Building Materials

When possible, use fire resistant materials such as tile, slate, sheet iron, aluminum, brick, or stone for home construction.  Wood siding, cedar shakes, exterior wood paneling, and other highly combustible materials can be treated with fire retardant chemicals.

Things that you can do to help protect your home…

  • Clean roof surfaces and gutters of pine needles, leaves, branches, and other organic materials.
  • Remove branches that extend within 10 feet of the flue opening of any stove or chimney.
  • Maintain a non-flammable screen over the flue opening of every chimney or stovepipe. 
  • Landscape vegetation should be spaced so that fire cannot be carried to the home or surrounding vegetation.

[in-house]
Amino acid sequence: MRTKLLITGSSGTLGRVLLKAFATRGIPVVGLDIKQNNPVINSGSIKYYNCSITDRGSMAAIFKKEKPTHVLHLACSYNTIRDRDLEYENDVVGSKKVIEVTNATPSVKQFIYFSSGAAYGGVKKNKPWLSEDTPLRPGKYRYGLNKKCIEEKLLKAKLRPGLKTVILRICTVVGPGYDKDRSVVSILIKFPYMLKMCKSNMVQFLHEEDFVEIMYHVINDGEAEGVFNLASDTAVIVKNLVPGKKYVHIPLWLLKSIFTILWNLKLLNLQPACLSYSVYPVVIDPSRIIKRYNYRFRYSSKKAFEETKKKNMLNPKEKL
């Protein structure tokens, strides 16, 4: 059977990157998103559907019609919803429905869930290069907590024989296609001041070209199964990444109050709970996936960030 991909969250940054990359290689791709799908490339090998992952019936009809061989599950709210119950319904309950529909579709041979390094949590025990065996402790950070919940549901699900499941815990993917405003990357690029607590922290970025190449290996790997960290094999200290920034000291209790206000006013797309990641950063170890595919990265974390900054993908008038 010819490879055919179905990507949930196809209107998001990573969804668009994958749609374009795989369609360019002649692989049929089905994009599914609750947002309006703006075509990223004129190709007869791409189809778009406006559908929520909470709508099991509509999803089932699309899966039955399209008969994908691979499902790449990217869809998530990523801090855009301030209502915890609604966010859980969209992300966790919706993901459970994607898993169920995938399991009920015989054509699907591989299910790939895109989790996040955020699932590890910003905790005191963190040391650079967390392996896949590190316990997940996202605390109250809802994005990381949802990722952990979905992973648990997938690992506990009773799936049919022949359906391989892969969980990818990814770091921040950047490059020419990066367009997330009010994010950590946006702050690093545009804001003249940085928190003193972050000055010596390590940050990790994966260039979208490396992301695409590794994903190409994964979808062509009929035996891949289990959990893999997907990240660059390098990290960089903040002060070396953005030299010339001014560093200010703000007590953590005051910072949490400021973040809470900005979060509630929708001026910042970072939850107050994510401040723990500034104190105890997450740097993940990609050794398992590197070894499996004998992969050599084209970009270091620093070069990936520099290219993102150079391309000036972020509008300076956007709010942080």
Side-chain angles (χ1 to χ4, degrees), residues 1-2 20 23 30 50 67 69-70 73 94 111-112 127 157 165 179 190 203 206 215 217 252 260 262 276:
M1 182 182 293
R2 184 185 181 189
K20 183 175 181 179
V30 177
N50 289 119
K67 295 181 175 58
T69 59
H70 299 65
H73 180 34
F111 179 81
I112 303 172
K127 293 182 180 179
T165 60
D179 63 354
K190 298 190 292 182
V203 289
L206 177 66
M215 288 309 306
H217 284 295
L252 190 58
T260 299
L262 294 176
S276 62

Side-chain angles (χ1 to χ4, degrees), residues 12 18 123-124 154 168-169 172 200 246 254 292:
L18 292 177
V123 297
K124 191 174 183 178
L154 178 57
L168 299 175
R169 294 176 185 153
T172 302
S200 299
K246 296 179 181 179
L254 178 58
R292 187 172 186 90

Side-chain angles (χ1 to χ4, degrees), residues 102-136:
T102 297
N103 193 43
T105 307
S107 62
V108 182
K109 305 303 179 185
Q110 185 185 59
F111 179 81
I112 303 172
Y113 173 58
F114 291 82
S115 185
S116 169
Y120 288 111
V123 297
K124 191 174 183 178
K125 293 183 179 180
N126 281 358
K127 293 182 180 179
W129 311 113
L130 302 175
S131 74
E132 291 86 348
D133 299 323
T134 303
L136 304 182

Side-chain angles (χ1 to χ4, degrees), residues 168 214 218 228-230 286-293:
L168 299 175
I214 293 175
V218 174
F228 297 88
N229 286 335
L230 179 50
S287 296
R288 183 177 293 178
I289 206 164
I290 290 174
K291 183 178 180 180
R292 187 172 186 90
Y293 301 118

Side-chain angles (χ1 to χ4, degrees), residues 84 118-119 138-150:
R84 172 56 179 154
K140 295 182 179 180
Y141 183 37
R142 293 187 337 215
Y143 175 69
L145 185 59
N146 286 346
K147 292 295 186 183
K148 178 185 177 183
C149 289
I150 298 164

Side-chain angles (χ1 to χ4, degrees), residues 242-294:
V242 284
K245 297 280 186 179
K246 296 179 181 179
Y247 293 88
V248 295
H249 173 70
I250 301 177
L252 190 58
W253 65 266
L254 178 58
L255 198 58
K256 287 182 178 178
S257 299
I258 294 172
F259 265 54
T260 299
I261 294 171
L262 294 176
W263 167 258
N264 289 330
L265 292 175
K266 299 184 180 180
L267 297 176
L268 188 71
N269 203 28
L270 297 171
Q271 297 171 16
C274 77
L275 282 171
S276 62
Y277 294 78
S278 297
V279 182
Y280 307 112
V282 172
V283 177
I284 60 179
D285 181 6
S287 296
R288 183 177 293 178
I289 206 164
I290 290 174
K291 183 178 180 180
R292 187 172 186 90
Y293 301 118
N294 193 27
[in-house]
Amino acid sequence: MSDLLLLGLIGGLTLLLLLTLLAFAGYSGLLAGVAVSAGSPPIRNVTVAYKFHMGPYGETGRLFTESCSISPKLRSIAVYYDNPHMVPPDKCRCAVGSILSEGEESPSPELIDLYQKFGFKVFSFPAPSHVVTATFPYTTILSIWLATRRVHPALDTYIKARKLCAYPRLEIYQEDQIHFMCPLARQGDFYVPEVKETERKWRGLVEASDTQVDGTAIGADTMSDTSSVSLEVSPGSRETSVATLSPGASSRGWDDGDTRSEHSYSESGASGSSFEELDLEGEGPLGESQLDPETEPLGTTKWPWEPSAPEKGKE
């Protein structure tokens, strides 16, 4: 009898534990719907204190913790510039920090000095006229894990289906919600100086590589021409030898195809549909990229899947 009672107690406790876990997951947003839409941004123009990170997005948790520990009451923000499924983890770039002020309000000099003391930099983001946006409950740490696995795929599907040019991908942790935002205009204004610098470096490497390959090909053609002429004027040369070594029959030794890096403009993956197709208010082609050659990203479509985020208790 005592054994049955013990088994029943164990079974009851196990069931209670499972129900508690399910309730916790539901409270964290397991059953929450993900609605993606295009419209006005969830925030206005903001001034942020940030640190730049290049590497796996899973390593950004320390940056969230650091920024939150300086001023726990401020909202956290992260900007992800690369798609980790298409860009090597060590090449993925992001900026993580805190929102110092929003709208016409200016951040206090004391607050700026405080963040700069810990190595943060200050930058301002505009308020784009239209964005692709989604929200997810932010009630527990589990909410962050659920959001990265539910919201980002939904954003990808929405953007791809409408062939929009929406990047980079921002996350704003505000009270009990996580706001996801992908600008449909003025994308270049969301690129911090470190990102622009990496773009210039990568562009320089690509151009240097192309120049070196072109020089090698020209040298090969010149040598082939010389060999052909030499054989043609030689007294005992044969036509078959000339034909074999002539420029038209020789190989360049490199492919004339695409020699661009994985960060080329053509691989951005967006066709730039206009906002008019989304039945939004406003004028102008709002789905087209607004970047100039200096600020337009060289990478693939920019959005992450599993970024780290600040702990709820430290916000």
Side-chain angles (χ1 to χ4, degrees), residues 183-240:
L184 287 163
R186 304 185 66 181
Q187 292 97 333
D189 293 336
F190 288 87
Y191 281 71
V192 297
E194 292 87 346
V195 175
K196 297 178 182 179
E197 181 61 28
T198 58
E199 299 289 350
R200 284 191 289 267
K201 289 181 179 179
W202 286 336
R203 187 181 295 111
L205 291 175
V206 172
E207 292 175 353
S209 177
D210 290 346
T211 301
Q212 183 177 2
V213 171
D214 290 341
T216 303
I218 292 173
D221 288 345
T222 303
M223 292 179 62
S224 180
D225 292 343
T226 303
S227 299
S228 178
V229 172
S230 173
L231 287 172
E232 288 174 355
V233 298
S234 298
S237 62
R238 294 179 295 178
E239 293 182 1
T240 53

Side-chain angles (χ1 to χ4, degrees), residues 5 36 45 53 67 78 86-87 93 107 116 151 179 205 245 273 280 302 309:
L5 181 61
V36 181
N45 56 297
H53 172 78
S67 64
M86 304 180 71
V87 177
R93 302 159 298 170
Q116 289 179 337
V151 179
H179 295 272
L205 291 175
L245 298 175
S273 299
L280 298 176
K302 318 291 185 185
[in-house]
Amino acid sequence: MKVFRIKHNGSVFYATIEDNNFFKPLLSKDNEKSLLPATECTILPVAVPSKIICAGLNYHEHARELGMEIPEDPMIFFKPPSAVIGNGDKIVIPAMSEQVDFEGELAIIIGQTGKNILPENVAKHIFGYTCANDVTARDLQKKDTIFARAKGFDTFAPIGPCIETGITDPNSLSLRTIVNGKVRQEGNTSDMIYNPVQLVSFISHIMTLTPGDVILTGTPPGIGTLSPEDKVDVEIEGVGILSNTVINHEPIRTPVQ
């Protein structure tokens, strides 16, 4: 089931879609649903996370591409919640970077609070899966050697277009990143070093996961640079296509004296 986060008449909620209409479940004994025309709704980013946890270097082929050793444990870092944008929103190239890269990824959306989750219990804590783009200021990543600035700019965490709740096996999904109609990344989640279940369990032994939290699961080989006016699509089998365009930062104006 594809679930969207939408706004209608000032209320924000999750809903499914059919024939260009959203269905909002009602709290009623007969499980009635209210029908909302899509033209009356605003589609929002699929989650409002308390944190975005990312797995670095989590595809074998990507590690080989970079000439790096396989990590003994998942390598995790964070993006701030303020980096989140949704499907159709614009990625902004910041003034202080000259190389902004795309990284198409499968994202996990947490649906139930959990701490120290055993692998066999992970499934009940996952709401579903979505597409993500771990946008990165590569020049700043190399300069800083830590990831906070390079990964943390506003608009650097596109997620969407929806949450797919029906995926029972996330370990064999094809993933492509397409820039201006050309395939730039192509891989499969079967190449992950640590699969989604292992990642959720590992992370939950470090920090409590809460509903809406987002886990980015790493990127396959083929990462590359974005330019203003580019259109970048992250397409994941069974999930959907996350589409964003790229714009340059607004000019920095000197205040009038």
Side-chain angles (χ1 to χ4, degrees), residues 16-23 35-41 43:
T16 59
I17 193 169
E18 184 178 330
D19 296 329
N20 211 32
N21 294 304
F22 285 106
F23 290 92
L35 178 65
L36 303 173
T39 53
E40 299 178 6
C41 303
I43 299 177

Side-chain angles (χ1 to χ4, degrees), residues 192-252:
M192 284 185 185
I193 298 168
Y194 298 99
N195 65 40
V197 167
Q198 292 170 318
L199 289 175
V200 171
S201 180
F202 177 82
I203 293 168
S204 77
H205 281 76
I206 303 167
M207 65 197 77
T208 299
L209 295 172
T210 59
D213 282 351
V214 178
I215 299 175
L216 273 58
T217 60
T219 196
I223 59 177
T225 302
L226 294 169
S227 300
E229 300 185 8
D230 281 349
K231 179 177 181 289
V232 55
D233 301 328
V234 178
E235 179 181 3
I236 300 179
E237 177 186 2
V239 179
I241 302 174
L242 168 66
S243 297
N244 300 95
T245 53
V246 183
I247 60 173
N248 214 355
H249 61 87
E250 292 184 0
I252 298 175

• Remove branches from trees to height of 15 feet.
  • A fuel break should be maintained around all structures.
  • Dispose of fireplace ashes and charcoal briquettes only after soaking them in a metal pail of water.
  • Store gasoline in an approved safety can away from occupied buildings.
  • Propane tanks should be far enough away from buildings for valves to be shut off in case of fire; keep the area clear of vegetation.
  • All combustibles such as firewood, picnic tables, and play equipment should be kept away from structures.
  • Garden hose should be connected to the outlet.
  • The home address should be indicated at all intersections and on structures.
  • All roads and driveways should be at least 16 feet in width.
  • Have fire tools handy such as a ladder, shovel, rake and a bucket for water.
  • Each home should have at least two different entrance and exit routes.

Learn more about protecting your home from wildland fire by visiting FireWise at